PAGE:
ISLAMABAD-Punjabi folk singer, Sain Zahoor Iqbal has said that Punjabi culture and language is dying at the hands of Punjabis even as they have stopped speaking their mother tongue.

He observed that as Punjabis move to big cities, they change their language and actually stop speaking the mother tongue. He said that people think that other languages as Urdu and English are superior than Punjabi as he spoke to The Nation in an exclusive interview. 

The folk singer has been staying at Lok Virsa here in connection with week-long Folk Festival of Pakistan ‘Lok Mela’ ending Sunday.

Iqbal lamented that unlike Pashtoons, Sindhis and Balochis, Punjabis don’t celebrate ‘Punjabi Culture Day.’ “Culture in Sindh, Balochistan and Khyber-Pakhtunkhwa provinces is still alive as they strive for it… they celebrate it regularly but on the other hand, Punjabis are least bothered in this regard. Culture and language are recognition of a land and in Punjab’s case, no one seems willing to patronise it,” he observed. 

Sain Zahoor Iqbal, born in 1959 in a village in Tehsil Deepalpur, district Okara in the Punjab province is a leading Sufi singer. He started singing at the age of 11. During his career spanning over 40 years, Iqbal spent most of his time singing at Sufi shrines. For some time, he studied music under Saeen Zahoor Ahmed, who is also a leading folk singer. Both belong to the same family. Iqbal is not literate yet he sings compositions of major Sufi poets as Bulleh Shah, Sultan Bahoo, Baba Fareed, Khawaja Ghulam Fareed, Mian Muhammad Buksh, etc. Zahoor has been staying in Islamabad in connection with Lok Mela at Lok Virsa in Islamabad.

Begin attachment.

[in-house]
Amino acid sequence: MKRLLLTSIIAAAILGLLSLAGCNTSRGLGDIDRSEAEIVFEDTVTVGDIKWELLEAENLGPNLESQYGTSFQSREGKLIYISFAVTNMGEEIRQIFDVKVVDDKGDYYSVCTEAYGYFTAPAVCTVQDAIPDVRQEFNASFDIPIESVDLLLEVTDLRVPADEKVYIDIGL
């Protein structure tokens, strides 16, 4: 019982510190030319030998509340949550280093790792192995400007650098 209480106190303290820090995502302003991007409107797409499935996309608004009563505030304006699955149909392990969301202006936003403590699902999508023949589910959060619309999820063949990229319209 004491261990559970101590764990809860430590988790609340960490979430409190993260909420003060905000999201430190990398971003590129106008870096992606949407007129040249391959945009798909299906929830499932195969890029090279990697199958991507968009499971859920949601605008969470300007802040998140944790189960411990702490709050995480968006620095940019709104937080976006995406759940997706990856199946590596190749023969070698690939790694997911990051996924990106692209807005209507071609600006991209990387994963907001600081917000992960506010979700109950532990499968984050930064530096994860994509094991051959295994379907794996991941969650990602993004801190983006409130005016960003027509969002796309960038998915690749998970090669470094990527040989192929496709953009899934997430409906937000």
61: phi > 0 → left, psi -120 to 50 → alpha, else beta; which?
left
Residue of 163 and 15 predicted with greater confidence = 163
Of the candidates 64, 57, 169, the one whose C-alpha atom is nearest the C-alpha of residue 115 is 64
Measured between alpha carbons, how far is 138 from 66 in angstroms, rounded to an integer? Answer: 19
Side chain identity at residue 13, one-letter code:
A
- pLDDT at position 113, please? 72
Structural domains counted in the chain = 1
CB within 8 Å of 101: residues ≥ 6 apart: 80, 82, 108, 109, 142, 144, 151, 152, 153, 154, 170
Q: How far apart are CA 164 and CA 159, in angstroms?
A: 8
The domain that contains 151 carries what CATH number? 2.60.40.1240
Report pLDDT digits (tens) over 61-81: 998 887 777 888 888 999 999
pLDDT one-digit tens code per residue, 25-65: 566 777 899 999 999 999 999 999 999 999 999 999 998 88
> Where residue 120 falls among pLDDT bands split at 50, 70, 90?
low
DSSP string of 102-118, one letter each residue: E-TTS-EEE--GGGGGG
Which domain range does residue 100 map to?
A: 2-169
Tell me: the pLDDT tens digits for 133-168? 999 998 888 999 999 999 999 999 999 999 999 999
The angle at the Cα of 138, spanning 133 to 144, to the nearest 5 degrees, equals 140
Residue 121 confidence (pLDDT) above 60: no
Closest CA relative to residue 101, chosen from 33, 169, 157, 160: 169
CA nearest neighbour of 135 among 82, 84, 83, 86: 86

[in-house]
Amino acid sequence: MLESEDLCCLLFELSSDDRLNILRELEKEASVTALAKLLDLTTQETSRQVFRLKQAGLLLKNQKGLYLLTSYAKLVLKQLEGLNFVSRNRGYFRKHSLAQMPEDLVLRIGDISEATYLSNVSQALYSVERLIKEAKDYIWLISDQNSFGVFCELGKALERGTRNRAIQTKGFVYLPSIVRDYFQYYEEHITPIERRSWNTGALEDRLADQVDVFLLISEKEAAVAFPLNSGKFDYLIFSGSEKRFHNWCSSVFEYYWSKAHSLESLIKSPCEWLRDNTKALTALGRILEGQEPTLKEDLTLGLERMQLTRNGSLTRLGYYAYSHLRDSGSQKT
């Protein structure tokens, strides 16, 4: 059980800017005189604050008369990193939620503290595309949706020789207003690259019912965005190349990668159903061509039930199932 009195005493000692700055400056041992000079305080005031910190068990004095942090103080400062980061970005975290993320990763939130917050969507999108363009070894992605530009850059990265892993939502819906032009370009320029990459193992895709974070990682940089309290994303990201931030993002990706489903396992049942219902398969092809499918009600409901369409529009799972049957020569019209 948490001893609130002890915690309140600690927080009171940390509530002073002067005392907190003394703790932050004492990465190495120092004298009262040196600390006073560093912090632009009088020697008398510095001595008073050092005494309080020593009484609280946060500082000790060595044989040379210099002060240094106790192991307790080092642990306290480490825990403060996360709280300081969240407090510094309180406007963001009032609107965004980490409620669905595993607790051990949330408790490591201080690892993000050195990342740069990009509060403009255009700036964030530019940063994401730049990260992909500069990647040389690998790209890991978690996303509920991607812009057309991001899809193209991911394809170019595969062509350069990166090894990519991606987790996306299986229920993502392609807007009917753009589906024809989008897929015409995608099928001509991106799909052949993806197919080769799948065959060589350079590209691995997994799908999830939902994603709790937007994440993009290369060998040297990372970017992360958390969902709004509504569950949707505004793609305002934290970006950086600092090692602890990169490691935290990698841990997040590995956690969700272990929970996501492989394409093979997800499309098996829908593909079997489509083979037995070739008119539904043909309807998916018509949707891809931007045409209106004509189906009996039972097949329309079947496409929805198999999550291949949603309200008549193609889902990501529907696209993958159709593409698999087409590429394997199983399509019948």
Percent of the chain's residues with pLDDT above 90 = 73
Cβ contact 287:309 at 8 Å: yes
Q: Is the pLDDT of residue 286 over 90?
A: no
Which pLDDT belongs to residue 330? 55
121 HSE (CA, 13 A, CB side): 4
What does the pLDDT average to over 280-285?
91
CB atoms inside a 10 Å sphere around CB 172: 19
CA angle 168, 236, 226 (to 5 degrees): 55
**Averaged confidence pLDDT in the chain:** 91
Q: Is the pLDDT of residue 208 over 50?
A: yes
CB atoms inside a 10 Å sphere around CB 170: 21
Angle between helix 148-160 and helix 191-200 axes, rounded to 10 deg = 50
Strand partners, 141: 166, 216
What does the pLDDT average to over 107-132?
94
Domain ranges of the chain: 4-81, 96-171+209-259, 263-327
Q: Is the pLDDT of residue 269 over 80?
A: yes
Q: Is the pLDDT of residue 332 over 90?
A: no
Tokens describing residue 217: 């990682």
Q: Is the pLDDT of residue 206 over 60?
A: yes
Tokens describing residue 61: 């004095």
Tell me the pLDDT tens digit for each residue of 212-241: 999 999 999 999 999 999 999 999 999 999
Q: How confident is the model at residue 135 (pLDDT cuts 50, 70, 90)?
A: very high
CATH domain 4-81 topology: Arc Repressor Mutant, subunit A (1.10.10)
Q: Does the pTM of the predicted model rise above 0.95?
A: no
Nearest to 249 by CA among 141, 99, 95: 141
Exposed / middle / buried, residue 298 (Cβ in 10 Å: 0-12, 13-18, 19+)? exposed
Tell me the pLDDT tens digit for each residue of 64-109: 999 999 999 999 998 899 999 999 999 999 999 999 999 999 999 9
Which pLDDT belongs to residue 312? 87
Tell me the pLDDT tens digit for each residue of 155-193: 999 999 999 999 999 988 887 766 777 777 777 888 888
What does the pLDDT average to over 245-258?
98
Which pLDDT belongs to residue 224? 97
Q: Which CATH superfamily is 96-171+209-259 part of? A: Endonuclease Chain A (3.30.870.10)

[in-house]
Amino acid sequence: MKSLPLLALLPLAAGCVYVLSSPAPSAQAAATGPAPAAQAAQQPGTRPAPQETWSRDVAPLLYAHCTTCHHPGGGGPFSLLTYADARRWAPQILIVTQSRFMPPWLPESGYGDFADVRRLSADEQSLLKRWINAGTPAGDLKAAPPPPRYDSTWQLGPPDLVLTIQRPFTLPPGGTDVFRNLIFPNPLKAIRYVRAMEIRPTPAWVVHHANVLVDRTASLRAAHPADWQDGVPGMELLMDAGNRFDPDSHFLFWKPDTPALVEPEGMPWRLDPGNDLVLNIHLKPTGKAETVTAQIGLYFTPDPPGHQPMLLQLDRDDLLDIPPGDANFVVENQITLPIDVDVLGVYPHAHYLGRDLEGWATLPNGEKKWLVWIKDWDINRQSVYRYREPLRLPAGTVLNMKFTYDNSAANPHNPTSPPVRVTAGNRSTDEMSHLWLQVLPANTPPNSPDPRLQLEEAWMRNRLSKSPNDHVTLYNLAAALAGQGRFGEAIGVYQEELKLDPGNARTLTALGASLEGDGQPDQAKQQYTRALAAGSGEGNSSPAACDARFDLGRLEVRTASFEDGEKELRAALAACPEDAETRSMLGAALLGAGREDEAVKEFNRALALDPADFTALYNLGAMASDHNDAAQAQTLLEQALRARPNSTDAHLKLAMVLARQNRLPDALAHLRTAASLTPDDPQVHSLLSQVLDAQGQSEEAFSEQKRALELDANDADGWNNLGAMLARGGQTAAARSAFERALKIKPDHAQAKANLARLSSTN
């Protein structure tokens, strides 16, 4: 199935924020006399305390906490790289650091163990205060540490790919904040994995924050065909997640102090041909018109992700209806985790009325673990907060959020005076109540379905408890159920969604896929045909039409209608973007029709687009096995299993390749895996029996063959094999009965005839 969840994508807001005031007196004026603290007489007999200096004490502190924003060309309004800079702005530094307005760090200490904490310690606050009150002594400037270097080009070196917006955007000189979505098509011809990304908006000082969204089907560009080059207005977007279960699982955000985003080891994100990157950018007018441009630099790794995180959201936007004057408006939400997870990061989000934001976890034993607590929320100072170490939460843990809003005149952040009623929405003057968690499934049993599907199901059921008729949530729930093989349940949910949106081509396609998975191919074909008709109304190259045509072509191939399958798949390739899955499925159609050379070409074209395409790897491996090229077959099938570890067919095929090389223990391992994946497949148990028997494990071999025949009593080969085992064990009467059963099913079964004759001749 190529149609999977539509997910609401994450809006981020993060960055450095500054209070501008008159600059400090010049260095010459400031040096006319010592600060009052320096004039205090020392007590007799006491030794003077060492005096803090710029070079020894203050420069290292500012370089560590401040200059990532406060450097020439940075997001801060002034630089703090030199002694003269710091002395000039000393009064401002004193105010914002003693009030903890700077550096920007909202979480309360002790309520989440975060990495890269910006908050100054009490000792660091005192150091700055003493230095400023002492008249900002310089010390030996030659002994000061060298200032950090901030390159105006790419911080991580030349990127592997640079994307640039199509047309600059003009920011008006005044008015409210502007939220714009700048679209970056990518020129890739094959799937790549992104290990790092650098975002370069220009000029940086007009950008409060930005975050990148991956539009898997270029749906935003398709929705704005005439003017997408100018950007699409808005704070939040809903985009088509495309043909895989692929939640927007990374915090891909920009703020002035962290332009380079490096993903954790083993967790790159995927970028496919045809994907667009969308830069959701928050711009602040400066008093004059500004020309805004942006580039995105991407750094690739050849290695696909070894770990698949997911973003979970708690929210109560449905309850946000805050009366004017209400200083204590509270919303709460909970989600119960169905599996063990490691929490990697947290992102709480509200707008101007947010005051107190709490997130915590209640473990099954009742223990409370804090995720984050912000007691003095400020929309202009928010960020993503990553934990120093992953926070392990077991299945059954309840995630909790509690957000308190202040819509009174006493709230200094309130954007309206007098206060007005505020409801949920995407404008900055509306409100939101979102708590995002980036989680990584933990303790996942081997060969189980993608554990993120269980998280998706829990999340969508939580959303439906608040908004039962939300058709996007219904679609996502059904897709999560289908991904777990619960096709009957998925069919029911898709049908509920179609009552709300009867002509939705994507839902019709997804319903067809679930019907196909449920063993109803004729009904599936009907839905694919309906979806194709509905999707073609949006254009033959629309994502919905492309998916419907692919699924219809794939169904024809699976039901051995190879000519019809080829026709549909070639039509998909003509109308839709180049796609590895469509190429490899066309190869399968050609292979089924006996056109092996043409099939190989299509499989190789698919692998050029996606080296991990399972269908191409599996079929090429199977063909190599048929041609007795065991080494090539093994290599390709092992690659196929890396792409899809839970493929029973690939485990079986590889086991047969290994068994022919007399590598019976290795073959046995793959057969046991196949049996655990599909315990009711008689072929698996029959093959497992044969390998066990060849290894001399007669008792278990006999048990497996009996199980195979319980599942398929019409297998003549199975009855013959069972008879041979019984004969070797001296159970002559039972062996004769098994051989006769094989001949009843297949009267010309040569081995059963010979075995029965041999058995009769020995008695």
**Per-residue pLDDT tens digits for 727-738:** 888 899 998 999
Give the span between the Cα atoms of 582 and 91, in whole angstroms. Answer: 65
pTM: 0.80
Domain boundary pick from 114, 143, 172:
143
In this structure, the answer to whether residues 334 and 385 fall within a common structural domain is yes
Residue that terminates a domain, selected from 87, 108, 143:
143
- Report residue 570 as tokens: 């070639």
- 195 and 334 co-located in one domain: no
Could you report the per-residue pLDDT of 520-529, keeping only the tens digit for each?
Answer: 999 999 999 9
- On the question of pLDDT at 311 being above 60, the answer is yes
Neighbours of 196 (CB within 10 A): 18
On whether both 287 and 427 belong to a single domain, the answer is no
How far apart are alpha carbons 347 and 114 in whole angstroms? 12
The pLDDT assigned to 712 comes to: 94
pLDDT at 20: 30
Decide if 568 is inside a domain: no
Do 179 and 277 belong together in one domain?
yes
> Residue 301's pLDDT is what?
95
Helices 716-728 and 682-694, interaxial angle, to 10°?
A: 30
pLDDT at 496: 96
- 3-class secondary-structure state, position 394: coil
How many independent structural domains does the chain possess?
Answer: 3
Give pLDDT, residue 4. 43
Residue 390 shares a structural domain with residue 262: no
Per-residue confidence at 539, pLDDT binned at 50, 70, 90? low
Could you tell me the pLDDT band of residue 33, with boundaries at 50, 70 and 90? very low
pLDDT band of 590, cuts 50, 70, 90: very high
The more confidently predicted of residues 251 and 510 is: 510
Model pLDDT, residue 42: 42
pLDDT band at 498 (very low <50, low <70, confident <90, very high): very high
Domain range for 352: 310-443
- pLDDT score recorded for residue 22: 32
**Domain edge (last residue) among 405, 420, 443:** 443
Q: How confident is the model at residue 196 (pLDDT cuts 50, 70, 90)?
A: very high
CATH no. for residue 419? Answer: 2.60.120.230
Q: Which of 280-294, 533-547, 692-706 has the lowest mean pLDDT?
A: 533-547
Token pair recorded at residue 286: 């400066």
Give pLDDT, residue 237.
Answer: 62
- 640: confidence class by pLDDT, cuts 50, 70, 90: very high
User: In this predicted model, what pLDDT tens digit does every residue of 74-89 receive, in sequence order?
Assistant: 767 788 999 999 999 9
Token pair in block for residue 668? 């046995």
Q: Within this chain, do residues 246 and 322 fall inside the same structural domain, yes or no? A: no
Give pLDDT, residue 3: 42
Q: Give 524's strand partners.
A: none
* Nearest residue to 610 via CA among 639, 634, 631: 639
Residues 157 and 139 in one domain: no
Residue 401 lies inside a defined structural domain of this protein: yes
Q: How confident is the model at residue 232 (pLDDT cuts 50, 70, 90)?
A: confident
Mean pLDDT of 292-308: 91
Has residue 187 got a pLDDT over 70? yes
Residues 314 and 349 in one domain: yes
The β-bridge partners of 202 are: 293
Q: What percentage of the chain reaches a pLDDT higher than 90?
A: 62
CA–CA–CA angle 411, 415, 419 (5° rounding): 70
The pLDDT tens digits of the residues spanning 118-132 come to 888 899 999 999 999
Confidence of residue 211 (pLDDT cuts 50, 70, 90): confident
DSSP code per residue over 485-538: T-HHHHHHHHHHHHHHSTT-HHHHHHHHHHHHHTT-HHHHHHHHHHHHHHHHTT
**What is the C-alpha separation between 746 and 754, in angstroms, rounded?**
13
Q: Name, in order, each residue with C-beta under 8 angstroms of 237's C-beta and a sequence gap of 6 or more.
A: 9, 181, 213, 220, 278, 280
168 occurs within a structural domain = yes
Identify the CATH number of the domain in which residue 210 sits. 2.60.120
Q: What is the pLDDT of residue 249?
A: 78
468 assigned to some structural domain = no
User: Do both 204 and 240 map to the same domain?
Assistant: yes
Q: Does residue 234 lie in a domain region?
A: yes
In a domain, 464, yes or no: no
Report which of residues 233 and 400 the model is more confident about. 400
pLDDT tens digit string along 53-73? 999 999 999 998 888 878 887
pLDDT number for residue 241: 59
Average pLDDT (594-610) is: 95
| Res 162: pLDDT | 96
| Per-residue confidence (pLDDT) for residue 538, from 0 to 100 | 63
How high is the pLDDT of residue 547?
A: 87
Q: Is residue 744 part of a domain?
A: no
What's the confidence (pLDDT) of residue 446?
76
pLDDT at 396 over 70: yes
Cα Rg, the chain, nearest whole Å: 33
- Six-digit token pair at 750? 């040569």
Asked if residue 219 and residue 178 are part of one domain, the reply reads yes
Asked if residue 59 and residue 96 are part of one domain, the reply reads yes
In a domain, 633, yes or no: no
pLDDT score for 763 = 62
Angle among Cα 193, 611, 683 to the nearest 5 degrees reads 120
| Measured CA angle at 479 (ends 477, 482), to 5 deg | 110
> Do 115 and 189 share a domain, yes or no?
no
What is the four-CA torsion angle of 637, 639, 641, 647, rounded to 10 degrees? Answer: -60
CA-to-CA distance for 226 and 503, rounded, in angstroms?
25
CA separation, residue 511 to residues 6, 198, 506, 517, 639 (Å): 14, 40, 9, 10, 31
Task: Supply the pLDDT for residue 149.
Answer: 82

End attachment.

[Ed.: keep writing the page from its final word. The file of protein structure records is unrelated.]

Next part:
Zahoor Iqbal performs with his decorated “Toonba,” a kind of lute. The three-stringed lute is his main instrument and his style of singing and frenzied-style dance is enough to enthral audience. His typical outfit includes embroidered kurta and tightly bound black turban. He sings in both Punjabi and Siraiki.

Sain Zahoor Iqbal told The Nation that until recent past people in Punjab used to hold festivals but he added that this trend is also dying down now. “As the festivals and cultural performances are losing attraction for the people, the performers are also finding it difficult to earn livelihood. Now Coronavirus has come to limit our interaction with the audience,” he said. Besides solo performance, Iqbal also used to sing in a group of four others: one with pipe, others at drum, flute and tabla (pair of twin hand drums).

To a question, Sain Zahoor Iqbal said that Indian people love music, and also have a great deal of respect for the singers. He was sad that there was no one behind in their family to take along the singing profession. “Me and Saeen Zahoor Ahmed may be the first and the last persons to adopt this profession in our family,” he lamented.